Herbert C. Klein, a Rutgers alumnus, longtime donor and former U.S. congressman, and his family have made a $5 million gift to the university to support Rutgers’ leadership in the fight against Alzheimer’s disease and other devastating neurodegenerative conditions. This generous donation has transformative implications for Rutgers’ ability to find a cure for Alzheimer’s disease.
Klein RC’51 made the gift in memory of his wife, Jacqueline Krieger Klein, who died in 2017 after battling Alzheimer’s disease. The funds will be used to create the Jacqueline Krieger Klein Endowed Director’s Chair in Neurodegeneration Research. The gift also will establish the Herbert and Jacqueline Krieger Klein Alzheimer’s and Dementia Clinical Research and Treatment Center at the Brain Health Institute, which is affiliated with Rutgers Biomedical and Health Sciences (RBHS).
“My wife was a wonderful woman whose life was cut down by this disease,” Klein says. “She suffered for nine years. Sadly, there was really nothing that could be done to treat her. It feels wonderful to associate her with Rutgers’ efforts to defeat this dreadful disease, and I’m very proud of that.”
Klein’s son, Roger Klein, says he is happy to see the family’s name connected to the university’s efforts in this field because his mother had a keen intellect and was committed to community service and philanthropy. “I’m so grateful for the scientists at Rutgers who are working on these important areas that will add to our knowledge of Alzheimer’s and have an impact on society,” he adds.
The holder of the endowed chair will be a leading clinical researcher in the field of Alzheimer’s disease and neurodegeneration and will direct the new research and treatment center. The Kleins’ gift also will fund equipment and personnel for the center, and RBHS will provide an additional $2 million to support the new chair.
An estimated 6 million Americans live with Alzheimer’s disease or dementia. By 2050, that number is expected to rise to nearly 14 million. Alzheimer’s is the sixth-leading cause of death in the United States.
“Mr. Klein’s leadership gift, made in loving memory of his late wife, will transform the study of Alzheimer’s and dementia at the university,” says Rutgers President Jonathan Holloway. “The Rutgers community and I are deeply grateful for this gift and for Herb’s continuing commitment to expanding our impact in this vital research.”
“The clinical scientist that Rutgers recruits to fill this chair will bring new ideas and new approaches to understanding and eradicating Alzheimer’s disease and dementia,” says Brian Strom, chancellor of RBHS. “Mr. Klein’s vision and generosity, combined with the expertise and dedication of Rutgers’ researchers, can help return patients and their families to the lives that these conditions steal from them.”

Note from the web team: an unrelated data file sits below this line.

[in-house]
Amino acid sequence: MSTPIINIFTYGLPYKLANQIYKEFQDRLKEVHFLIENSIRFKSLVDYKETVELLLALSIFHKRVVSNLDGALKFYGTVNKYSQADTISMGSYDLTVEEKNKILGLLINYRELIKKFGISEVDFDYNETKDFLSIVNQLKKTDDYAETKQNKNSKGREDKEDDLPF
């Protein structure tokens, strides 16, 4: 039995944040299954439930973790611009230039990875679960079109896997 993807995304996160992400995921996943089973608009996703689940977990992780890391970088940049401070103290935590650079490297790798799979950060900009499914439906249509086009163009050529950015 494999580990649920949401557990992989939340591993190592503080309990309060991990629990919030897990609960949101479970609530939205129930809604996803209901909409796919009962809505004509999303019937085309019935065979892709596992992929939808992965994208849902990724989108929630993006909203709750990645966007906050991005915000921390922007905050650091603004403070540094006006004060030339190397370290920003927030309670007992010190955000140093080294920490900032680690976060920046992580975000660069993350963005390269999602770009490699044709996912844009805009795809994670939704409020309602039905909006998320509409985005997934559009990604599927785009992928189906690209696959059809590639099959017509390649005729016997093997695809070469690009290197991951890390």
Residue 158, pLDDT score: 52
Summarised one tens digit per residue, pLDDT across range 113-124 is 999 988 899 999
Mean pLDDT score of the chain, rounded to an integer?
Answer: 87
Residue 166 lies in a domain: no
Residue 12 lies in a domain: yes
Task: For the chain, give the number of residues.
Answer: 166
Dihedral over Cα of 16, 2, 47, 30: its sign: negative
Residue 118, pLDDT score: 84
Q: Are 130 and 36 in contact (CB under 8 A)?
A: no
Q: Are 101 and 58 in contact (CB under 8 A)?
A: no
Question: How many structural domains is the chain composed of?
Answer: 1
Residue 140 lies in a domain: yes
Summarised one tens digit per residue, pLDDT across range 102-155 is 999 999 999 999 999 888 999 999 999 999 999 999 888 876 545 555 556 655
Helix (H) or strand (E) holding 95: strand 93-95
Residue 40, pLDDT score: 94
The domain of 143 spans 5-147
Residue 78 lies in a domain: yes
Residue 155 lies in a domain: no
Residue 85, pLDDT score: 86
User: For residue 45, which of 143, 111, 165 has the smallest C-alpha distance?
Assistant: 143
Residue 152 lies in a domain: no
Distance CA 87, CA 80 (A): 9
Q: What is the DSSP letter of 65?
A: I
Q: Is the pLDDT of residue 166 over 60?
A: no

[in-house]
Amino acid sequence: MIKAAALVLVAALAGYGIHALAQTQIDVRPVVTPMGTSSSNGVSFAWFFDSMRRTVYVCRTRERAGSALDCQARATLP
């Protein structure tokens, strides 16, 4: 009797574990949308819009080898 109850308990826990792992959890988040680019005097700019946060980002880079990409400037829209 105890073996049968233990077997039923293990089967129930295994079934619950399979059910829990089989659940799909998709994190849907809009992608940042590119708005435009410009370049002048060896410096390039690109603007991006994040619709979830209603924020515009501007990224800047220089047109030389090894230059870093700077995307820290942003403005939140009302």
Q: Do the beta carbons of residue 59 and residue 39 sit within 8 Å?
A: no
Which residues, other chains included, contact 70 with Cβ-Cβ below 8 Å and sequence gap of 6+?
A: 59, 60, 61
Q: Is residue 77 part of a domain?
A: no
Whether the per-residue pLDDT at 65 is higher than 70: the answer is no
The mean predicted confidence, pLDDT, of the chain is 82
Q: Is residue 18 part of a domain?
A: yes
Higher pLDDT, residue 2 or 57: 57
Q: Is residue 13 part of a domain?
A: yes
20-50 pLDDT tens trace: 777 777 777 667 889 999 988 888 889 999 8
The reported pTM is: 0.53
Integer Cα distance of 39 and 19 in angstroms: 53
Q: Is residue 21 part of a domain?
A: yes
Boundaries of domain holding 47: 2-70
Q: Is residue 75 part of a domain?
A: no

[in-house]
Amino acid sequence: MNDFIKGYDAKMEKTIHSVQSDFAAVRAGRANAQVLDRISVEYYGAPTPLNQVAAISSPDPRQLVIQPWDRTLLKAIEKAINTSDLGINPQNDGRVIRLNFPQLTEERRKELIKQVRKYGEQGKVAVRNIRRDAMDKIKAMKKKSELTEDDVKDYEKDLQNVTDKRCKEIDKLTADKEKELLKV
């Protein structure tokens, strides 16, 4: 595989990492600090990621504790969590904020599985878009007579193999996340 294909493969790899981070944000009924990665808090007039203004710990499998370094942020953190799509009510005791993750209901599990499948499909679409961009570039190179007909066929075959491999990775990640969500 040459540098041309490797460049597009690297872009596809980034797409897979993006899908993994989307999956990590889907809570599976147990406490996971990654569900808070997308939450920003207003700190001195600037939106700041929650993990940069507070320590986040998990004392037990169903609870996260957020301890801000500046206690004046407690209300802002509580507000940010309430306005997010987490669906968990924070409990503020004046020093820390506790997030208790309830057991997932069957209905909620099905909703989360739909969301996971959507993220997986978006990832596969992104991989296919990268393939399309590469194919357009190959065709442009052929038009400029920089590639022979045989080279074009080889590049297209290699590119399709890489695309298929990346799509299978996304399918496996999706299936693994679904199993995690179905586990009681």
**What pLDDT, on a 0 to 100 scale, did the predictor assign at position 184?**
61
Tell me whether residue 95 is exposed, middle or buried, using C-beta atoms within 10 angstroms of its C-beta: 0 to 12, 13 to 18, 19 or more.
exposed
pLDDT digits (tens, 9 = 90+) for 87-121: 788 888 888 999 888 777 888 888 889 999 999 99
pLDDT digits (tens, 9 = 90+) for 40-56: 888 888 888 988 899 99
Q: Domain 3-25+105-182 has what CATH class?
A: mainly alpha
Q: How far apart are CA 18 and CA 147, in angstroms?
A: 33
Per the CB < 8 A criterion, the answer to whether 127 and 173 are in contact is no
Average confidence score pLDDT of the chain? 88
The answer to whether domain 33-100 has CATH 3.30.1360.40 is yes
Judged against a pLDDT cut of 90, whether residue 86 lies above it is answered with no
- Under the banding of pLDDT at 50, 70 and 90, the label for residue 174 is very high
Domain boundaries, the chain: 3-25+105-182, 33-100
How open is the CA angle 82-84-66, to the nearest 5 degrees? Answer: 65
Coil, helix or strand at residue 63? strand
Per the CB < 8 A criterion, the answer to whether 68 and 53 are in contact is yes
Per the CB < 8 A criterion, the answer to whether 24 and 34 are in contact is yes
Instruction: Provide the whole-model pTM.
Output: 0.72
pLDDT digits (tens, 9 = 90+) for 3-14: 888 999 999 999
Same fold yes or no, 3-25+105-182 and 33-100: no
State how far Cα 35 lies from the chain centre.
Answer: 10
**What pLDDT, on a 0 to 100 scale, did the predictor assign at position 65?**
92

Klein, an attorney, was a New Jersey assemblyman for two terms before being elected to the U.S. House of Representatives in 1993, where he served one term. He has been a member of Rutgers’ Board of Trustees and is an emeritus member of Rutgers University Foundation’s Board of Overseers. He was named a Loyal Son of Rutgers in 2001. He and his wife supported many areas of Rutgers, including the Allen and Joan Bildner Center for the Study of Jewish Life and the Eagleton Institute of Politics.
He has made other gifts to Rutgers with the goal of taking the university in bold new directions to discover insights about and treatments for Alzheimer’s and dementia. Luciano D’Adamio, an internationally known expert on Alzheimer’s disease, holds the Krieger Klein Endowed Chair in Alzheimer’s Disease and Neurodegeneration Research, a chair funded by a $1.5 million gift from Klein and an equal amount from an anonymous donor. D’Adamio’s team has created new, unique models of Alzheimer’s and dementia, which are critical for understanding the biology of the disease, as well as identifying and testing new therapies.
In 2018, Klein committed $750,000 to recruit a junior faculty member, Hyung Jin Ahn, to expand research into the cerebrovascular dysfunction commonly associated with Alzheimer’s disease and dementia.
Rutgers’ promising work in neurodegeneration research has led to substantial federal funding, including a $29 million grant from the National Institutes of Health. With that grant, Rutgers will lead a multi-university team that will expand clinical trials and seek out new therapies.
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